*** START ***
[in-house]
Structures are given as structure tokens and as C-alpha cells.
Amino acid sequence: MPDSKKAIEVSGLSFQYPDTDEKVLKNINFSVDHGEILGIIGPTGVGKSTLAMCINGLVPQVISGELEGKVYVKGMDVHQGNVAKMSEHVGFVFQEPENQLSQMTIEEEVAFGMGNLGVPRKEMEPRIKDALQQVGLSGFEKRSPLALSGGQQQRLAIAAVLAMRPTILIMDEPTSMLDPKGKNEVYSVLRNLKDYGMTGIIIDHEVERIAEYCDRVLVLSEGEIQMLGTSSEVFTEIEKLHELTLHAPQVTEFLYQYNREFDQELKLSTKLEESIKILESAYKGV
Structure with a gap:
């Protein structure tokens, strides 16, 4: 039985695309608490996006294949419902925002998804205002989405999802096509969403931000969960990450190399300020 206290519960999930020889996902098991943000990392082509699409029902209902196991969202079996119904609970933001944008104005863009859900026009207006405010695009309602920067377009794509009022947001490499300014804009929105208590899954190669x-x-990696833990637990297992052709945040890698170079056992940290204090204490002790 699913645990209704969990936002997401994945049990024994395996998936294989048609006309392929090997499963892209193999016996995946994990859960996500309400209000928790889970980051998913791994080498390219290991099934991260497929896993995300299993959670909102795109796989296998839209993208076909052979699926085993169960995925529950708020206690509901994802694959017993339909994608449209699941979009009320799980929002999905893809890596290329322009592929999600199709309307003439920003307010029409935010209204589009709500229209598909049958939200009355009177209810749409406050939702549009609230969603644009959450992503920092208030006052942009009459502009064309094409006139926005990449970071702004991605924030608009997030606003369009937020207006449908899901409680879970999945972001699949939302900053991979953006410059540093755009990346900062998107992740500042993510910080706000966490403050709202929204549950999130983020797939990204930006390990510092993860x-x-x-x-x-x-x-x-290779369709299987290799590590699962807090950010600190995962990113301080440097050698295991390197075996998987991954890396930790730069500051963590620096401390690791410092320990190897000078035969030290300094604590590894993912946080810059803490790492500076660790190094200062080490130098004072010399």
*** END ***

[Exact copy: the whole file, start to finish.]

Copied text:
[in-house]
Structures are given as structure tokens and as C-alpha cells.
Amino acid sequence: MPDSKKAIEVSGLSFQYPDTDEKVLKNINFSVDHGEILGIIGPTGVGKSTLAMCINGLVPQVISGELEGKVYVKGMDVHQGNVAKMSEHVGFVFQEPENQLSQMTIEEEVAFGMGNLGVPRKEMEPRIKDALQQVGLSGFEKRSPLALSGGQQQRLAIAAVLAMRPTILIMDEPTSMLDPKGKNEVYSVLRNLKDYGMTGIIIDHEVERIAEYCDRVLVLSEGEIQMLGTSSEVFTEIEKLHELTLHAPQVTEFLYQYNREFDQELKLSTKLEESIKILESAYKGV
Structure with a gap:
């Protein structure tokens, strides 16, 4: 039985695309608490996006294949419902925002998804205002989405999802096509969403931000969960990450190399300020 206290519960999930020889996902098991943000990392082509699409029902209902196991969202079996119904609970933001944008104005863009859900026009207006405010695009309602920067377009794509009022947001490499300014804009929105208590899954190669x-x-990696833990637990297992052709945040890698170079056992940290204090204490002790 699913645990209704969990936002997401994945049990024994395996998936294989048609006309392929090997499963892209193999016996995946994990859960996500309400209000928790889970980051998913791994080498390219290991099934991260497929896993995300299993959670909102795109796989296998839209993208076909052979699926085993169960995925529950708020206690509901994802694959017993339909994608449209699941979009009320799980929002999905893809890596290329322009592929999600199709309307003439920003307010029409935010209204589009709500229209598909049958939200009355009177209810749409406050939702549009609230969603644009959450992503920092208030006052942009009459502009064309094409006139926005990449970071702004991605924030608009997030606003369009937020207006449908899901409680879970999945972001699949939302900053991979953006410059540093755009990346900062998107992740500042993510910080706000966490403050709202929204549950999130983020797939990204930006390990510092993860x-x-x-x-x-x-x-x-290779369709299987290799590590699962807090950010600190995962990113301080440097050698295991390197075996998987991954890396930790730069500051963590620096401390690791410092320990190897000078035969030290300094604590590894993912946080810059803490790492500076660790190094200062080490130098004072010399």